29 Days Of Black History – Day 8: Imitation of Life

Release Date:  11/26/34
Genre:   Drama
Rating:  N/A
Black & White
Director:  John M. Stahl
Studio(s):  Universal Pictures, Realart Pictures Inc.
Running Time:  111 mins.

Cast:  Louise Beavers (Delilah Johnson), Fredi Washington (Peola Johnson, age 19), Claudette Colbert (Beatrice ‘Bea’ Pullman), Warren William (Steve Archer), Rochelle Hudson (Jessie Pullman, age 18), Ned Sparks (Elmer Smith), Dorothy Black (Peola Johnson, age 9), Juanita Quigley (Baby Jessie Pullman, age 3), Peola (Sebie Hendricks, age 4), Marilyn Knowlden (Jessie Pullman, age 8), Dorothy Black (Peola Johnson, Age 10).

Story:  White widow Bea Pullman and her two-year-old daughter Jessie are having a rough morning. Jessie doesn’t want to go to the day nursery but she must because her mother is trying to continue her husband’s business, selling heavy cans of maple syrup door to door, and making very little money. Black housekeeper Delilah Johnson is also having a bad morning. She misread an advertisement and came to the wrong house—Bea’s.  Delilah explains that no one wants a housekeeper with a child, and introduces her daughter Peola, whose fair complexion hides her African American ancestry. Bea can’t begin to afford help, so Delilah offers to keep house in exchange for room and board. The four quickly become a family. They all particularly enjoy Delilah’s pancakes, made from a secret family recipe.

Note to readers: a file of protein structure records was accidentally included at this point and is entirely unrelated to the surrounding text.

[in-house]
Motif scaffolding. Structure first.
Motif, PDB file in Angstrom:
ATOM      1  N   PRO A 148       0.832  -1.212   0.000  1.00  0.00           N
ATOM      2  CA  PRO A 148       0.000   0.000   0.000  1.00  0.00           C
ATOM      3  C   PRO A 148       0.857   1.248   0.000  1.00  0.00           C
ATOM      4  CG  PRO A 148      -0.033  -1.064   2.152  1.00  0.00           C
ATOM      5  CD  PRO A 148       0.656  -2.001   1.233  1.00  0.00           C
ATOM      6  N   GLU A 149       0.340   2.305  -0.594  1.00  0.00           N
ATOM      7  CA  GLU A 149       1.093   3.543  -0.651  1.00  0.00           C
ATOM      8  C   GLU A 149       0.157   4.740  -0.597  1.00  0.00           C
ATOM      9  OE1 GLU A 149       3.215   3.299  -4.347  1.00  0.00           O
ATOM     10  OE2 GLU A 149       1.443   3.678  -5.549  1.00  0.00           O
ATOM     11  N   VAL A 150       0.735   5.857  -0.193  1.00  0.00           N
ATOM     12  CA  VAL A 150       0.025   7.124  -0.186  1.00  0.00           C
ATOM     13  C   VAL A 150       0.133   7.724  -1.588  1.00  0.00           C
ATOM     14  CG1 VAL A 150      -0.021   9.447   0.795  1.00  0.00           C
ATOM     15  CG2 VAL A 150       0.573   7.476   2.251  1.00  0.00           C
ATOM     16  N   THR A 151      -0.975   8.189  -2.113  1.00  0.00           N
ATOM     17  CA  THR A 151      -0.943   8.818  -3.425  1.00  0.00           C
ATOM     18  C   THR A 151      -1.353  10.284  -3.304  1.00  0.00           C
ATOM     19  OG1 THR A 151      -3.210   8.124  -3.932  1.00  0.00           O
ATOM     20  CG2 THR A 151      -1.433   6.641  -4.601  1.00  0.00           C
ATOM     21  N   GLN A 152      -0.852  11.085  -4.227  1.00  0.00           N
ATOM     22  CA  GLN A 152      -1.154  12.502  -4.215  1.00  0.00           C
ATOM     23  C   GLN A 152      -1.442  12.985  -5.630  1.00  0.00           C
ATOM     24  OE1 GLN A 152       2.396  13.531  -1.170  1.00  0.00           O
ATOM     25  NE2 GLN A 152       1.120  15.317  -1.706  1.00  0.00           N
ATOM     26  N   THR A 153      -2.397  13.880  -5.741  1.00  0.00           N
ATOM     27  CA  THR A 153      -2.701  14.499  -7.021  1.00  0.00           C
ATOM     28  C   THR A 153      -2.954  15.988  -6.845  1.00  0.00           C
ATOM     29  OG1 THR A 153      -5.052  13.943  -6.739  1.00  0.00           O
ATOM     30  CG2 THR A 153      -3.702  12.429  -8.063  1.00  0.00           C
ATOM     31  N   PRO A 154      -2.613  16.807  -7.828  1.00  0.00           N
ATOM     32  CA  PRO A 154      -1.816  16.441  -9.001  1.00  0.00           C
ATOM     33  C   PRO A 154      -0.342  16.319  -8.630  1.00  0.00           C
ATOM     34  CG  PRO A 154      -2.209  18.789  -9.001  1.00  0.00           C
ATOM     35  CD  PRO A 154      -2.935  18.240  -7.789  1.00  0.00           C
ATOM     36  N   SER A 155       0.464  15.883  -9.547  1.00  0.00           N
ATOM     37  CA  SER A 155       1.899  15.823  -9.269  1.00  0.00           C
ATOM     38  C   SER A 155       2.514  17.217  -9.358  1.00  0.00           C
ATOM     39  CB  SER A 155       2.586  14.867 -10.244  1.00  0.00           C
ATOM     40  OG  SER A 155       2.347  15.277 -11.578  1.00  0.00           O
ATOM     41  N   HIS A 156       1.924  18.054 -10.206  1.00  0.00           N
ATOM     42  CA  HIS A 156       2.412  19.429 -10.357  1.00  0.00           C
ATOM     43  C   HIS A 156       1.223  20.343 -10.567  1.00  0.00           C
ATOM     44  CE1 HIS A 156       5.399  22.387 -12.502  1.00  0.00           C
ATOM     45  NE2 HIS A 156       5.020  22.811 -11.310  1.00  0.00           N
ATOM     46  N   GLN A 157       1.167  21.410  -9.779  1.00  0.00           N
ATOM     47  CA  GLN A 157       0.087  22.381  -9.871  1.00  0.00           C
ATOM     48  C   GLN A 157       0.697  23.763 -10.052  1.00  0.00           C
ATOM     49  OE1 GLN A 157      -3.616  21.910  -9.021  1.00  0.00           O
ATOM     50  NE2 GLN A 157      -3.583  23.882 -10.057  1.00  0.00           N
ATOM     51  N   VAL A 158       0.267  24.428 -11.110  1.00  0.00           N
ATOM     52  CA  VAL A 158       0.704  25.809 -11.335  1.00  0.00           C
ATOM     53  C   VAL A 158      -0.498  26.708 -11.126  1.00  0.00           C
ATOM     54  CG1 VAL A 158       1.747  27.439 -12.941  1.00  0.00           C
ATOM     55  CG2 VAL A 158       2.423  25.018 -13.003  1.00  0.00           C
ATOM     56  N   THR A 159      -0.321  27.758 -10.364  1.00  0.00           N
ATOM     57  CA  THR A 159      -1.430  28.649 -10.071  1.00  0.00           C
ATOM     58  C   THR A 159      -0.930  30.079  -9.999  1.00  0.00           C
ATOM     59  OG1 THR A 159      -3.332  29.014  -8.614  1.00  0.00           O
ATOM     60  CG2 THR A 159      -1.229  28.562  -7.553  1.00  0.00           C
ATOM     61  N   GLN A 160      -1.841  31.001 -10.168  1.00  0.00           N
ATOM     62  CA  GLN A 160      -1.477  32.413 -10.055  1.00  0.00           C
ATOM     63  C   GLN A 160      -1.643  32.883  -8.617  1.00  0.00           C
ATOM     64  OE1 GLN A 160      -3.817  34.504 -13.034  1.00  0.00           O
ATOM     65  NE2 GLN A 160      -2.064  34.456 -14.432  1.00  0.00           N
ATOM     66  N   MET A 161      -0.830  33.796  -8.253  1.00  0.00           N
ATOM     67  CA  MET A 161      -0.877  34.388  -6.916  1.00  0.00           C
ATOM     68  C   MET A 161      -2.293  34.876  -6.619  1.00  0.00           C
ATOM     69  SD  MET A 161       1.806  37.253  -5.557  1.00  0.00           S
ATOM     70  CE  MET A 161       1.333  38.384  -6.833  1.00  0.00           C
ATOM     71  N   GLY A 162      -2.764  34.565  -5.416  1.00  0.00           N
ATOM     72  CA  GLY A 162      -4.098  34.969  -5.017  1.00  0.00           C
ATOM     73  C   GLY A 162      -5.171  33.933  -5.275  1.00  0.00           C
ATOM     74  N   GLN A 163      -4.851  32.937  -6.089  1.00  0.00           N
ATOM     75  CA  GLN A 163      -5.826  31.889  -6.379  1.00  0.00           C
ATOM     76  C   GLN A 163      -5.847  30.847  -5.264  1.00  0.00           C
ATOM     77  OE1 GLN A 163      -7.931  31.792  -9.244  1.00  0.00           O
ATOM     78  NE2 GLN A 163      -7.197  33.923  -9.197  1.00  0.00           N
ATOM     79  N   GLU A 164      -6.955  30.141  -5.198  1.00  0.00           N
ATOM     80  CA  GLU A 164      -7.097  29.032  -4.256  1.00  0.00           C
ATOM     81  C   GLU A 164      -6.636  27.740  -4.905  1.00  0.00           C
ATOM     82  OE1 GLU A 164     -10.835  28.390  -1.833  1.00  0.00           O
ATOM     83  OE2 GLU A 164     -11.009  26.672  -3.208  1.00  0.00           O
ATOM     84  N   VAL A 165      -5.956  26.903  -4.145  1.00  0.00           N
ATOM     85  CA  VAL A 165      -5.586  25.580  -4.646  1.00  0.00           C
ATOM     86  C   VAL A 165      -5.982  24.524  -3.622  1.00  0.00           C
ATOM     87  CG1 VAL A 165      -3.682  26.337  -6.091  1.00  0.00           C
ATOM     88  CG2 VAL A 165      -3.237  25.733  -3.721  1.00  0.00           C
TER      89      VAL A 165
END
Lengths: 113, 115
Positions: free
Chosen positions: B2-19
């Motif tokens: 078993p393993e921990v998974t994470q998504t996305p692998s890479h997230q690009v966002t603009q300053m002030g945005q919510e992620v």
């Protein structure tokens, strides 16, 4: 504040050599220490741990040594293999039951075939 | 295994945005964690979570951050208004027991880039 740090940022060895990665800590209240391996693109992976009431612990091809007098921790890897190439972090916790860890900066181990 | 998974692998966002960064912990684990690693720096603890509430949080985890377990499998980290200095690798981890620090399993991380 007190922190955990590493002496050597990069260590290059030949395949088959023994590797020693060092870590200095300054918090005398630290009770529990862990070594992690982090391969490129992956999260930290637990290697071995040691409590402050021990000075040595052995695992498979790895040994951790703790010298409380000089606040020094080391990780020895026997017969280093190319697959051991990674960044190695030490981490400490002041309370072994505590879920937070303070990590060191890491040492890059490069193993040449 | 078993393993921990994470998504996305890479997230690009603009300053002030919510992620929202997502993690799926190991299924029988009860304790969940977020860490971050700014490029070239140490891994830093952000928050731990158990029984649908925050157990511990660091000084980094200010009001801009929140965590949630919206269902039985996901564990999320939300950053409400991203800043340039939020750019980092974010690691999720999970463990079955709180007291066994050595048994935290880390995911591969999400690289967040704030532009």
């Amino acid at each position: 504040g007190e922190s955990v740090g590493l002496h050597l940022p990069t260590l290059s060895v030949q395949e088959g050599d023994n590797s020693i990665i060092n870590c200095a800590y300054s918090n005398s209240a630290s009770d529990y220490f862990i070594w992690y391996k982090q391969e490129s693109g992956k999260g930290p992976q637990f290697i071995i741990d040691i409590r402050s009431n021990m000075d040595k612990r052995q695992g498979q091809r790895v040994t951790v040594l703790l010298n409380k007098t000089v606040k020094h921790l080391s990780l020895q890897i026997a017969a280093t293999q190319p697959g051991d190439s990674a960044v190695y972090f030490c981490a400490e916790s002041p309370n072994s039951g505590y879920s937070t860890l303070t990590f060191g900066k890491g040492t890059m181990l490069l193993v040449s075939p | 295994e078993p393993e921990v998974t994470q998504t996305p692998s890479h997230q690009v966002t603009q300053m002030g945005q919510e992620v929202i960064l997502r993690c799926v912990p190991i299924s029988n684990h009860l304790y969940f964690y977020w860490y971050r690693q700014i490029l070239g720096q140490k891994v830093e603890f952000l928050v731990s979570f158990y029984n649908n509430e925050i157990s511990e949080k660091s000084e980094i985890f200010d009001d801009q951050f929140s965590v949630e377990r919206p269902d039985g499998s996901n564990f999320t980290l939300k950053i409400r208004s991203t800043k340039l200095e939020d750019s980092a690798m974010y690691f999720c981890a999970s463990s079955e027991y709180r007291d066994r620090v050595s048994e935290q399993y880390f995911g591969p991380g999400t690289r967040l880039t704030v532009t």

Bea uses her business wiles to get a storefront and living quarters on the boardwalk refurbished on credit, and they open a pancake restaurant where Delilah and Bea cook in the front window.  Five years later, they are debt-free. The little girls are good friends, but one day Jessie calls Peola black. Peola runs into the apartment declaring that she is not black, won’t be black, and that it is her mother who makes her black. Cradling her weeping daughter, Delilah tells Bea that this is simply the truth, and Peola has to learn to live with it. Peola’s father, a light-skinned African American, had the same struggle, and it broke him. Delilah receives another blow when she finds out that Peola has been “passing” at school.

One day, a hungry passerby, offers Bea a two-word idea in exchange for a meal: “Box it.” Bea hires him, and they set up the hugely successful Delilah’s Pancake Flour business. Delilah refuses to sign the Incorporation papers, and when Bea tells her that she can now afford her own home, Delilah is crushed. She does not want to break up the family. So the two friends continue to live together, and Bea puts Delilah’s share in the bank.

Ten years pass. Both women are wealthy and share a mansion in New York City. Delilah  becomes a mainstay of the African-American community, supporting many lodges and charitable organizations and her church.  She tries to give Peola every advantage, including sending her to a fine Negro college in the South, but Peola runs away.

Meanwhile, Elmer arranges for Bea to meet a handsome ichthyologist, Stephen Archer.  They hit it off immediately and plan to marry. Then eighteen-year-old Jessie comes home on college vacation, and during the five days it takes for Bea and Delilah to find Peola, she falls in love with Stephen.